To the woman who feels alone,
My name is Grace, and I am a survivor of domestic abuse. We have never met, and we probably never will meet. You may not have had the same experiences that I have, but I guarantee I know the fear, anxiety, struggle, and hopelessness that make you feel as if there is no way out of an abusive situation. Regardless of the type; whether the abuse be mental, physical, emotional, or a combination of each; you are not alone. I feel like it’s important to tell you that.
I felt very alone and stuck when I was in an abusive relationship; like no one could understand what I was going through, and because of that fact, I didn’t talk about what was going on. I watched and lived as a verbally and emotionally abusive relationship teetered on the edge of physical abuse. I didn’t think anyone would understand how I felt or empathize with the situation I was in. I thought it was my fault that things were at the point they were at. That it was my fault my relationship was out of control, dysfunctional, chaotic, and abusive.
About a year ago, I finally got the courage to go to Safe Harbor and file an Order of Protection against my live-in boyfriend. Our relationship had gotten to the point where he would threaten to veer our car into oncoming traffic and body-check me around our apartment when he was angry. Things had escalated from yelling, the silent treatment, breaking objects, and threatening me to more extreme levels of aggression. He was using drugs more and more frequently, and I made excuses for his actions surrounding drug activity. I had even convinced myself that it was my fault he was using, and that his abusive behavior was drug-related and not due to his need to control me.
Going to Safe Harbor helped me realize that the drugs were not causing the abuse, but rather compounding it. Safe Harbor also helped me realize and rationalize his actions as his actions, not mine. I had been verbally and emotionally beaten down for such a long time that I believed I was the root problem and cause of his unhealthy decisions. I now know that is not the case and never was.
Safe Harbor provided me with the resources to get an Order of Protection, which was the safety and action I needed in order to ensure that my boyfriend (now ex-boyfriend) had to leave our apartment and could not contact me in any way. Safe Harbor also connected me with a counselor, who helped me work through my relationship and past relationships that had led me to have such low self-esteem and belief in myself.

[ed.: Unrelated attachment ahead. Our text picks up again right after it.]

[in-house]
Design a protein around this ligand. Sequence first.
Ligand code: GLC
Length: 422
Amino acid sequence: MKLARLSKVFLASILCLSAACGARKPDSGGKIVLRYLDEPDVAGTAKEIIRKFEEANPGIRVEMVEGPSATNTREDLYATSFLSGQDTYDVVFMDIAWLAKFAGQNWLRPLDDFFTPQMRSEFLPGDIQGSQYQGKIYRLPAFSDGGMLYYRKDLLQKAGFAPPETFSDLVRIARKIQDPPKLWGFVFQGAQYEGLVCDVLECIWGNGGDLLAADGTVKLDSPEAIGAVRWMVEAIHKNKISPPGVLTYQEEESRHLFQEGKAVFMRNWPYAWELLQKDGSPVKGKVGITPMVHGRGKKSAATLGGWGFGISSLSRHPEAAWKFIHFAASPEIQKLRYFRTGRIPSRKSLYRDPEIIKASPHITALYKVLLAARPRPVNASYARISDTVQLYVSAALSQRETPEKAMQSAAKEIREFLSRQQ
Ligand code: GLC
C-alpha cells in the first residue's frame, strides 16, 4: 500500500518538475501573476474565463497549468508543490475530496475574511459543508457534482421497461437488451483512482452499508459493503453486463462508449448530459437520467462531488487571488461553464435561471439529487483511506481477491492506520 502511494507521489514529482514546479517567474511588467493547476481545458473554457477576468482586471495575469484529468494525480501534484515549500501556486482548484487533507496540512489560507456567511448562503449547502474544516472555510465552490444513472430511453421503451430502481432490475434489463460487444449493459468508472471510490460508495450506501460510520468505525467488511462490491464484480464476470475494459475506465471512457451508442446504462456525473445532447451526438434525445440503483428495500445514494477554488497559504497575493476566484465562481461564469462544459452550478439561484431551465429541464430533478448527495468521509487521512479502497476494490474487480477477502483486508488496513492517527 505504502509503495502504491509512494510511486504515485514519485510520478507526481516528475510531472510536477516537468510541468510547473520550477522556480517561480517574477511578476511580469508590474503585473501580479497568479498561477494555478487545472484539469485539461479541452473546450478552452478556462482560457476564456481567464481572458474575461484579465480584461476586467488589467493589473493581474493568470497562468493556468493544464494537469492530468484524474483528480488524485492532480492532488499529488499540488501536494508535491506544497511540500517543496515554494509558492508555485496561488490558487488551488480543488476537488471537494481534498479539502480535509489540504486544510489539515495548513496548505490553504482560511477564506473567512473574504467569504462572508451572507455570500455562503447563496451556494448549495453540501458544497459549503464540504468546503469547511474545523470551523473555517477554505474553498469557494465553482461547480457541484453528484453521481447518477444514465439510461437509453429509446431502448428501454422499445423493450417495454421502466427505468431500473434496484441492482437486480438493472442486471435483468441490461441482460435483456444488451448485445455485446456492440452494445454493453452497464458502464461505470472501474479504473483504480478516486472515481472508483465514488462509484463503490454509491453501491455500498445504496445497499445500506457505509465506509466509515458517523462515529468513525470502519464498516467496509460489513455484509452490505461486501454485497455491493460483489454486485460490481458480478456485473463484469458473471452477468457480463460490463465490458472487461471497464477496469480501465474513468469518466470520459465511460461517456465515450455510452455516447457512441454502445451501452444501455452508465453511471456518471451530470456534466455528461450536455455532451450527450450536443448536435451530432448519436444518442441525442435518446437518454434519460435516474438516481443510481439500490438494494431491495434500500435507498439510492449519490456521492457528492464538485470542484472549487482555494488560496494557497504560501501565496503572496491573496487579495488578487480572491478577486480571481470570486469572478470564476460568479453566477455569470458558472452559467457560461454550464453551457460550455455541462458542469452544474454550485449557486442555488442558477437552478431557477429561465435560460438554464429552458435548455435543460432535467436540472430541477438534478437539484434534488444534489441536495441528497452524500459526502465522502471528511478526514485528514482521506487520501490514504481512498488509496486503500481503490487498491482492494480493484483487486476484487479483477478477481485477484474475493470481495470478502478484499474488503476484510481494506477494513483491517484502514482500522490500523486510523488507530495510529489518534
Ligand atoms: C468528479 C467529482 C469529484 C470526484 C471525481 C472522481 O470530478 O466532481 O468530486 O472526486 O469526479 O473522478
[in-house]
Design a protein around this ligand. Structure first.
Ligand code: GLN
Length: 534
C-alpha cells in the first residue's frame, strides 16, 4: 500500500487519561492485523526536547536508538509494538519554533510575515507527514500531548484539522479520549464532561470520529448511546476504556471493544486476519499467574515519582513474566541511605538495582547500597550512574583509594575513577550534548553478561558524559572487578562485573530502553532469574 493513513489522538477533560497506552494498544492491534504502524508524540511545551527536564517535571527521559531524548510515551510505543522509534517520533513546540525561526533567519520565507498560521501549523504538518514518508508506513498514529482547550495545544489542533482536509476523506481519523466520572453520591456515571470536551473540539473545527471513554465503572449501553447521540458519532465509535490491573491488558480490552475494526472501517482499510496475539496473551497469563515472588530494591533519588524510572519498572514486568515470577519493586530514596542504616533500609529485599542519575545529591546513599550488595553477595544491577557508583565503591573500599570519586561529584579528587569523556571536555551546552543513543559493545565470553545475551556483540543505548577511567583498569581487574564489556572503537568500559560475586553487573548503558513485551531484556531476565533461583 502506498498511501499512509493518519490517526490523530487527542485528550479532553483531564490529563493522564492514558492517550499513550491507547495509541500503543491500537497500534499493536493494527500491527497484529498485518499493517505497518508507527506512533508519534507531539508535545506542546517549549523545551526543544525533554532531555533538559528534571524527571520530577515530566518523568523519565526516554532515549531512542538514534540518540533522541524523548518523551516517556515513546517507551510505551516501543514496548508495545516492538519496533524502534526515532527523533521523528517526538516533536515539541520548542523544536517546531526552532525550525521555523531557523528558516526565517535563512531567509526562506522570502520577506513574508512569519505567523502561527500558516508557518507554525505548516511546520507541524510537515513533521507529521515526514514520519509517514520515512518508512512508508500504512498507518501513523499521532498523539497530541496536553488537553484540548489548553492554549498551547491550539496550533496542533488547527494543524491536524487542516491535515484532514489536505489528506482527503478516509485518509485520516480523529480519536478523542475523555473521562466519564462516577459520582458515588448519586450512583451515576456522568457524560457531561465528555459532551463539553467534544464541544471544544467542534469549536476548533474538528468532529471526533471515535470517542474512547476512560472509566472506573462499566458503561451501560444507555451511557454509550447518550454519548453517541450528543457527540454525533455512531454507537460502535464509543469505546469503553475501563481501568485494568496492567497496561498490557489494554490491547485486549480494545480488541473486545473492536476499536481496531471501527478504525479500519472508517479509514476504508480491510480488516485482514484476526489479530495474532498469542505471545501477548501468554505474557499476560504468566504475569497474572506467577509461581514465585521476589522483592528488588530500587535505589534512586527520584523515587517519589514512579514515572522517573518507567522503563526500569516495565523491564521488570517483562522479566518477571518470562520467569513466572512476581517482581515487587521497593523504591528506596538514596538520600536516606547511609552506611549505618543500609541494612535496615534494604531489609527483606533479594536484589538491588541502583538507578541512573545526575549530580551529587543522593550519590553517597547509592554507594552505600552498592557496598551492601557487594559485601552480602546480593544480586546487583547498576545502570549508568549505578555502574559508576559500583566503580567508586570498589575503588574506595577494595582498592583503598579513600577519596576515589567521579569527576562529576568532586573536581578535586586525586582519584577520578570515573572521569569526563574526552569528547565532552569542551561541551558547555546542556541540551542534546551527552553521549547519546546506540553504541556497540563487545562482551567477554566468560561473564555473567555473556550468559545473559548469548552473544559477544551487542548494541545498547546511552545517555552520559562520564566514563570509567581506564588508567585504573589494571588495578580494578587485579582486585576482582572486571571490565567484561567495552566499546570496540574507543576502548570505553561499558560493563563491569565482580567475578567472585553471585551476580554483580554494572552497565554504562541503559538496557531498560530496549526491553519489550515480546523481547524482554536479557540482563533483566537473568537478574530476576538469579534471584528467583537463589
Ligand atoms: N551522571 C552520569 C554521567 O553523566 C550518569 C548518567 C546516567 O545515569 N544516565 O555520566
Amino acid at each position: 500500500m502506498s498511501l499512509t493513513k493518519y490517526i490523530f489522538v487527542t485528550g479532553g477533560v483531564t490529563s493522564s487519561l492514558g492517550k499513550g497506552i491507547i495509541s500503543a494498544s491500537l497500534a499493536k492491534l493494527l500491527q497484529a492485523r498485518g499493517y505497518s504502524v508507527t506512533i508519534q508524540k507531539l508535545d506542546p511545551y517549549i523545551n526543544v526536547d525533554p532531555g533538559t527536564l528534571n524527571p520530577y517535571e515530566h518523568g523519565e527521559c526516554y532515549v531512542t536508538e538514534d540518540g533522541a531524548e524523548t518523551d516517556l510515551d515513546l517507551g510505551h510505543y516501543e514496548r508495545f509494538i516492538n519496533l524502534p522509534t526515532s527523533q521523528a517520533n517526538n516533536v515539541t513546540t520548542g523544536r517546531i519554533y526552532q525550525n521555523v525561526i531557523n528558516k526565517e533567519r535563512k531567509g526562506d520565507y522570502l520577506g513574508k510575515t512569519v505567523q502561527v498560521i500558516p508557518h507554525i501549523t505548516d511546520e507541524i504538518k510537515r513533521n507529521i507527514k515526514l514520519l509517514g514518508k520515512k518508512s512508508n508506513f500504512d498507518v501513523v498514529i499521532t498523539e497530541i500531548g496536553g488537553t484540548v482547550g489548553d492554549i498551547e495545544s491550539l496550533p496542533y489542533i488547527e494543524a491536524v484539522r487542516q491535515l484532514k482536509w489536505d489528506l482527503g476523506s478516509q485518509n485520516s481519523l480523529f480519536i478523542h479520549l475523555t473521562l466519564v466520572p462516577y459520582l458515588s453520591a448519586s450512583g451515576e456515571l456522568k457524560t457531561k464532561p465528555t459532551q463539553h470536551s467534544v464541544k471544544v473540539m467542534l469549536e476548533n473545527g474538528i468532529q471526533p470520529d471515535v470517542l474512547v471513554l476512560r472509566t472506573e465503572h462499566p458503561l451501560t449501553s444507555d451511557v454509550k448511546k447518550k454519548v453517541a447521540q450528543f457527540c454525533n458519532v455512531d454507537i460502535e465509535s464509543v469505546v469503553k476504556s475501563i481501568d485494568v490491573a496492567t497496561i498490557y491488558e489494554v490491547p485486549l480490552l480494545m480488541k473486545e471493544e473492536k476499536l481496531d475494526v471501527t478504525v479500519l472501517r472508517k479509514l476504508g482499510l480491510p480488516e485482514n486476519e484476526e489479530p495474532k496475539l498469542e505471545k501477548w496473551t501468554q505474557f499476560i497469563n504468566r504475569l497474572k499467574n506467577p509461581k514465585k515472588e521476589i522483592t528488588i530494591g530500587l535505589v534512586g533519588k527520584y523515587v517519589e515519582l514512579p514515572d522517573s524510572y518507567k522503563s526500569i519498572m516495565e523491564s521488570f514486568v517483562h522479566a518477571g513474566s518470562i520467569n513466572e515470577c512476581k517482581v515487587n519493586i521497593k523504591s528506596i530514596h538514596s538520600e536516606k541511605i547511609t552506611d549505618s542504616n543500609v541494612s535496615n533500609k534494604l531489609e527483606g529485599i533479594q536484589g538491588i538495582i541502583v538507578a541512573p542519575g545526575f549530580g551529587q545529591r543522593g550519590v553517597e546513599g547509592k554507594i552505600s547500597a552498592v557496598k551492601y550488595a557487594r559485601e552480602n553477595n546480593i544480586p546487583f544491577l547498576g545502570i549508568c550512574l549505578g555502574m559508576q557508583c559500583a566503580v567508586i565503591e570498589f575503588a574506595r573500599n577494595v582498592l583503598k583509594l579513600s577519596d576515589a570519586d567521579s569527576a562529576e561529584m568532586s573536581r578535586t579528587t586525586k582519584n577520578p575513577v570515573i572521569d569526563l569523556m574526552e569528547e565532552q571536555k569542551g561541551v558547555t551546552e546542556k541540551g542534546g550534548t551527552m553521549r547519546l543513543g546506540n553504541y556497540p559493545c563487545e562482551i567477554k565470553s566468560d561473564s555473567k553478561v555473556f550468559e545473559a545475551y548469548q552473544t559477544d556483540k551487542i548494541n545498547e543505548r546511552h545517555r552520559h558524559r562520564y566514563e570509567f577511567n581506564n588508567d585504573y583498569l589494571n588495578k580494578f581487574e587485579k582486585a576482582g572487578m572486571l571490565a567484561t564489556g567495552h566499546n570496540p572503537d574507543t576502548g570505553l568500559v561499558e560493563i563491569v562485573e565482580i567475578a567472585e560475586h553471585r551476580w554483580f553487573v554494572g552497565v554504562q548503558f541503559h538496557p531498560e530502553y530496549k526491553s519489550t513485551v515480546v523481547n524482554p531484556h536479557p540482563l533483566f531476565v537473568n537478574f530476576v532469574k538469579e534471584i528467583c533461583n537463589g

Over the past year I have had to change my way of thinking and rebuild my self-esteem to believe that I am someone who deserves loving communication, security, and stability. There have been nights when I wake up in sweat, fearful of seeing my ex-boyfriend’s face in public, or showing up at my door. I have fought the urge to react to triggers that remind me of certain situations related to the abuse I endured. It’s hard. Some days I forget that I’m a victim of domestic abuse, and other days I feel trapped within that label and stigma.
What I want you to know moving forward is that the path to deserving better and receiving better is hard, but it is worth it.
The struggles that you are going through now make you a stronger person than you were the day before. You are not weak for being in an abusive relationship. You are not weak for asking for help. You are strong, brave, and resilient for making it through a terrifyingly difficult situation, and taking steps to better your life and the lives of those around you.
Whenever you feel alone in your struggle, remember that you have a whole army of women behind you that have experienced what you are going through, even if not in the same way. You have a community supporting and uplifting you; whether they have met you or not. I am one of those women in your community of support, and I hope that my story and my words have helped you find whatever it is you are looking for in order to find safety, security, and tranquility in your life.